Writings by Cole Huffman


A Pinch or a Pound of Salt

I’m thinking of salt. In Francis Chan’s book Crazy Love: Overwhelmed by a Relentless God, Chan quotes Luke 14:34-35, where Jesus said, “Salt is good, but if it loses its saltiness, how can it be made salty again? It is fit neither for the soil nor for the manure pile; it is thrown out.” Here’s Chan’s commentary:

“Jesus…is addressing those who aren’t willing to give everything, who won’t follow Him all the way. He is saying that lukewarm, halfhearted following is useless, that it sickens our souls. He is saying that this kind of salt is not even fit ‘for the manure pile.’ Wow. How would you like to hear the Son of God say, ‘You would ruin manure’?” (p. 81).

Marvin Olasky wrote a salty column a few years back in World magazine. Olasky’s piece is called “Prodigal sons: Part of the evangelical problem is knowing which brother we are.” Utilizing Jesus’ best-known story in Luke 15, Olasky compares the differing approaches of “younger brothers” and “elder brothers” to education, journalism, and various social issues:

“Part of the evangelical political problem in contemporary America is that much of the press and public see us as elder brothers. Sometimes we are that way in reaction to younger brothers. Sometimes younger brothers go their way in reaction to us…. Elder brothers tend to forget that truth without love is like sodium without chloride: poison, not salt” (p. 88).

Chan uses Jesus’ words in Luke 14 to warn us away from a kind of halfheartedness toward Jesus that is ultimately a failure of love. Olasky uses Jesus’ story in Luke 15 to warn us away from a kind of pureheartedness toward people that is also a failure of love.

I think a lot of us believe we are more committed to Jesus than we actually are. We have the nicest saltshakers. But we get concerned for shaking out “too much.” We want to live neat, perfectly seasoned lives that we maintain tight control over. The aim is to not get “too radical” or take Jesus “too literally.” After all, we reason, too much salt on a dish makes the food inedible. 

And yet, in reading the Gospels, I can’t find where Jesus is ever concerned with His followers being “too salty.” This is our concern, not Jesus’, and it stems from fear of risk and the desire to blend into our surroundings, not stand out. “You would ruin manure!”  

I think a lot of us believe it is okay to be less committed to people in the interests of personal holiness. “The culture,” we say, is a manure pile of vices anyway. Many evangelicals are mad at the way things are going in our country and feel justified to curse the ever-encroaching darkness. I’m told it is moral cowardice not to do so. But the purehearted elder brother in the Lord’s story was a stand-in for those whose cultural strategy became provincial indifference and contempt for those who didn’t “get it.” Jesus was by way of the elder brother confronting those in God’s house who didn’t have God’s heart. Poison, not salt.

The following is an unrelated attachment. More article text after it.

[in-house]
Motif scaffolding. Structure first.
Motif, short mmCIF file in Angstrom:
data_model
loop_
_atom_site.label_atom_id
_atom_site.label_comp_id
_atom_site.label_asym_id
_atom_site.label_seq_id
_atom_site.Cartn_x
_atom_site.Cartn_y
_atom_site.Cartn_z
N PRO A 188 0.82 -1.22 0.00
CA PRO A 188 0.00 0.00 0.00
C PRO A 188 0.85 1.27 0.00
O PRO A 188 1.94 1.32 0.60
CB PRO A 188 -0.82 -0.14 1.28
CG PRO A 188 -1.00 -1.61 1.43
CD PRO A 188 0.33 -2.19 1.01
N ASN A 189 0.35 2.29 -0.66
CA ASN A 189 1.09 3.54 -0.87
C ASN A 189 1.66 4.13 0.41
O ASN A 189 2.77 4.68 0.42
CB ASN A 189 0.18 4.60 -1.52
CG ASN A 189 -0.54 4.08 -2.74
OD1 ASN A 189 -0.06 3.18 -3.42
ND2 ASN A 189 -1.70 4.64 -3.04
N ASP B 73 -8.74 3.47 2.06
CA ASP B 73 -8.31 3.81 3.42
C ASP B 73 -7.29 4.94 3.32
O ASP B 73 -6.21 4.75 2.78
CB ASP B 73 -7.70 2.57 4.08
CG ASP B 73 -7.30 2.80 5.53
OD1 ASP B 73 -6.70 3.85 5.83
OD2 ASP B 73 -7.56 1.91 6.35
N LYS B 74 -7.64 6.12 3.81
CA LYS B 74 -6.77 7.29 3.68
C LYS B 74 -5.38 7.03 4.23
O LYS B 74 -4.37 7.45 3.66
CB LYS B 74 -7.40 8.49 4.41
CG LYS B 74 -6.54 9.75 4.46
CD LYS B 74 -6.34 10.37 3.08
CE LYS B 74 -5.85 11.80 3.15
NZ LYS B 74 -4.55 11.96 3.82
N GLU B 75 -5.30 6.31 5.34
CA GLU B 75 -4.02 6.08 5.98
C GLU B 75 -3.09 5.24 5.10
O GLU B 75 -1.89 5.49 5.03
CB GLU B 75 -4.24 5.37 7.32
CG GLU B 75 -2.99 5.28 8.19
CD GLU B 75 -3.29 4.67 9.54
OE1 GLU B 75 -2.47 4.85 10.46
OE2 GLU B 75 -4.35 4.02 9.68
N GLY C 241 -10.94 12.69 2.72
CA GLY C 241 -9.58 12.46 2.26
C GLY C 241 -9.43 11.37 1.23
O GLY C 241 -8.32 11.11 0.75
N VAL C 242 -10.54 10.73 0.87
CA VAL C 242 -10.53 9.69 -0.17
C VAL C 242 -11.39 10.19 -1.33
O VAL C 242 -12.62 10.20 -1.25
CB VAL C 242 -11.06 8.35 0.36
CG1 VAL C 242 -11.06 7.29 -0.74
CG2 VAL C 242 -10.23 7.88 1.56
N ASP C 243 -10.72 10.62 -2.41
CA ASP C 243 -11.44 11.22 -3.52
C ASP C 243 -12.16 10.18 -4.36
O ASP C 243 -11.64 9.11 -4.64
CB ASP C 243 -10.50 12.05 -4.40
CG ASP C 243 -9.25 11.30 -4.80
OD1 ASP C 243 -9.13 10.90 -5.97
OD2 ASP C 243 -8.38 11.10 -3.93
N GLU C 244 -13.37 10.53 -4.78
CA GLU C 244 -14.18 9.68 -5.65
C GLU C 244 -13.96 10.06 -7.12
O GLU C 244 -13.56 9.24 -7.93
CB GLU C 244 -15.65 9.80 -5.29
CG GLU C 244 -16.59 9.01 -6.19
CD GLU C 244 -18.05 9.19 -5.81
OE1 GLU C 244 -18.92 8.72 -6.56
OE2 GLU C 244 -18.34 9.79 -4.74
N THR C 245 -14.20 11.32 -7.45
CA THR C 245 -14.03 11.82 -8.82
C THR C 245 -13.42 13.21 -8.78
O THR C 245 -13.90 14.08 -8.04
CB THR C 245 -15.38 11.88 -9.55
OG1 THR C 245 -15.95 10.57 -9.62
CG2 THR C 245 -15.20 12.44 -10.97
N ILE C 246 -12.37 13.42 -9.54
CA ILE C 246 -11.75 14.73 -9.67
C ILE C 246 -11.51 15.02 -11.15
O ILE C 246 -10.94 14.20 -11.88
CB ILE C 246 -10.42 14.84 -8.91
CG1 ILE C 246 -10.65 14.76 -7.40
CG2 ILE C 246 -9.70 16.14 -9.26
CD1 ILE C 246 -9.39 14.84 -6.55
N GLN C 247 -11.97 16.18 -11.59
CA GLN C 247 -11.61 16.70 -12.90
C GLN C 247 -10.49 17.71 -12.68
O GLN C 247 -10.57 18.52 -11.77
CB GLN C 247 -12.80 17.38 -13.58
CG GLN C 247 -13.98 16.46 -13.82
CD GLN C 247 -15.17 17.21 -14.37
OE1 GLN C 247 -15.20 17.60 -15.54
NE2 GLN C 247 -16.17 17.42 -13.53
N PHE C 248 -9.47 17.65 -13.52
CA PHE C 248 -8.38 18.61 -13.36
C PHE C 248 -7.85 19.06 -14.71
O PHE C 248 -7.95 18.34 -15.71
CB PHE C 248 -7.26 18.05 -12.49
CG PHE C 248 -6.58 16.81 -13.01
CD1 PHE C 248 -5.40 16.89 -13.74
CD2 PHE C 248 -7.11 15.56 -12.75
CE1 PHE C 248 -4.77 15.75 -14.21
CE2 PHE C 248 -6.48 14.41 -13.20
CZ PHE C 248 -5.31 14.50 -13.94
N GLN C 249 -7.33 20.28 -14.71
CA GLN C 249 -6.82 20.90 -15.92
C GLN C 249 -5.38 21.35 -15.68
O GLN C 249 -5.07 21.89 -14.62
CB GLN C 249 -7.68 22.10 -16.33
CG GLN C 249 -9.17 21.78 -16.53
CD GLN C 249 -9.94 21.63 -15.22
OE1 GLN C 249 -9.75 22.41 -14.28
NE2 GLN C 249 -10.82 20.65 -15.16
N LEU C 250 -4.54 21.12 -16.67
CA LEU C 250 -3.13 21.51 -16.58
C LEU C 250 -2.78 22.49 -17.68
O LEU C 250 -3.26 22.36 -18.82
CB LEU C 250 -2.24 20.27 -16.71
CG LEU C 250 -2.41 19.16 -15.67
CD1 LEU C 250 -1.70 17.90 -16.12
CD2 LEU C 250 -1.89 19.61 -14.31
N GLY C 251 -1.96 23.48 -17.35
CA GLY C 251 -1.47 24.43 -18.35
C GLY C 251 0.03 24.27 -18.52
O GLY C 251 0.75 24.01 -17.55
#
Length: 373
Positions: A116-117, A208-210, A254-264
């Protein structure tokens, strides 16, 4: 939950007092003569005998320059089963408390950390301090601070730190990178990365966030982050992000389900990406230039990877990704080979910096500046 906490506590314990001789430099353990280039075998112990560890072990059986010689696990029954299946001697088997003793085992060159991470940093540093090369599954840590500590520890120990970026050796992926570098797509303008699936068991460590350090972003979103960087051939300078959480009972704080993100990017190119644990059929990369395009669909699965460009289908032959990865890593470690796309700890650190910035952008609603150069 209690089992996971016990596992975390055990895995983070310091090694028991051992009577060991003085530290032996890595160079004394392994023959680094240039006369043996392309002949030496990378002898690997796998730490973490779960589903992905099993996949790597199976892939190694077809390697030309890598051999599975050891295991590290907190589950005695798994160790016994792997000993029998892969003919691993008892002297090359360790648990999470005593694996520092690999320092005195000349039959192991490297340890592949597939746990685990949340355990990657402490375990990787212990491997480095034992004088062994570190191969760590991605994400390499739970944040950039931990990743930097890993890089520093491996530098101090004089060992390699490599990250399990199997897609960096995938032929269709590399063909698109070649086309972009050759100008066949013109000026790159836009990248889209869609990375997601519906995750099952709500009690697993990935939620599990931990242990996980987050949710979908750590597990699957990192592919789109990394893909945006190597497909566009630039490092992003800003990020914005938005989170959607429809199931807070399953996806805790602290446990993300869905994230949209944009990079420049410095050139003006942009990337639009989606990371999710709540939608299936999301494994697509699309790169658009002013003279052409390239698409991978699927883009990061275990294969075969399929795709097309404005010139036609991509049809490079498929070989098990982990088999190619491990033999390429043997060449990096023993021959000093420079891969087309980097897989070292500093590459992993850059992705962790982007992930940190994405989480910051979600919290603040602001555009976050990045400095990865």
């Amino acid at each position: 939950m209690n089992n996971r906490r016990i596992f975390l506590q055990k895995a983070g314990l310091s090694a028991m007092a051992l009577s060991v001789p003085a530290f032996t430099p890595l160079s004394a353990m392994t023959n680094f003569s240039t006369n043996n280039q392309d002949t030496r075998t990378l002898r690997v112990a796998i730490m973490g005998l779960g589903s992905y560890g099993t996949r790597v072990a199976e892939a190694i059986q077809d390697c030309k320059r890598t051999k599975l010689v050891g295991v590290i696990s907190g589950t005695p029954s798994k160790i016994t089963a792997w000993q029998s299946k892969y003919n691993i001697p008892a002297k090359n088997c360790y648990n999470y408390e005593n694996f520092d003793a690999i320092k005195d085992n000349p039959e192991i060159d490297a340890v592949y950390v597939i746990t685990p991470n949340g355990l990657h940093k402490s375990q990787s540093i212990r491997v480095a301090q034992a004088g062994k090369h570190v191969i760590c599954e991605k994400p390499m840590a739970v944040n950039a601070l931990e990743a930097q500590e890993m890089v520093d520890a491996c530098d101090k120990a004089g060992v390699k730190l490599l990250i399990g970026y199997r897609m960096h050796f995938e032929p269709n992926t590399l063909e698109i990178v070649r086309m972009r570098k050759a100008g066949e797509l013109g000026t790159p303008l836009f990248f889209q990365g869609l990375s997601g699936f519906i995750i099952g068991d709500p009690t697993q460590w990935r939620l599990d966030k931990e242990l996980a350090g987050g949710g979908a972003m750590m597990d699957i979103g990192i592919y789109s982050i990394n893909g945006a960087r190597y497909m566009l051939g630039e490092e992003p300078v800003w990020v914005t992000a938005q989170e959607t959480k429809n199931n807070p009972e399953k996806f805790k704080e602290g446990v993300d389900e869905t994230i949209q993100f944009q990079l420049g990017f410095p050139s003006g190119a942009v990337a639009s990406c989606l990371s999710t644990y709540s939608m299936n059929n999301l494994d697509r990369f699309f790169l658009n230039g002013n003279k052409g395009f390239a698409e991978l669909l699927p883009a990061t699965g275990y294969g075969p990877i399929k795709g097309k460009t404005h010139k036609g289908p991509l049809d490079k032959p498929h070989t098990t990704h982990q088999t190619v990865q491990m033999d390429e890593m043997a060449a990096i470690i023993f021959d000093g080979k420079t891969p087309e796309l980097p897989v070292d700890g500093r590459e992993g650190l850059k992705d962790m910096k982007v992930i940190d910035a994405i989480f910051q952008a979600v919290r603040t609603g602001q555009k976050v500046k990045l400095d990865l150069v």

This halfheartedness and pureheartedness are both failures of love: “You shall love the Lord your God with all your heart and with all your soul and with all your mind.... You shall love your neighbor as yourself” (Jesus in Matt. 22:37, 39). These words need to sink into us like salt on tenderized meat because behind all of our “evangelical problems,” as Olasky phrases it, is bland, tepid love for God and neighbor.

Chan is on to something: We need to hear more people saying to us, You’re crazy! Why would you give that much of your income away in this economy? Don’t you have enough family responsibilities without becoming a foster parent? Why would you befriend that prisoner or addict? How can you forgive her for what she did to you? The answer is love—Jesus’ love for me and mine for Him. It will always seem crazy to many, even those who think they know it. 

I usually feel most soups I taste need a pinch more salt because I like saltiness. I think our soupy society needs pounds more gospel crazies because I like seeing how people in love with Jesus inevitably change the flavor of things. Yes, people both inside and outside the church will shake their heads at us. But they’ll also think. And maybe they’ll eventually bow their heads wholeheartedly to the One who’s “love is better than life” (Ps. 63:3). Taste and see that the Lord is good, and pass the salt!
Posted by Cole Huffman at 3:17 PM
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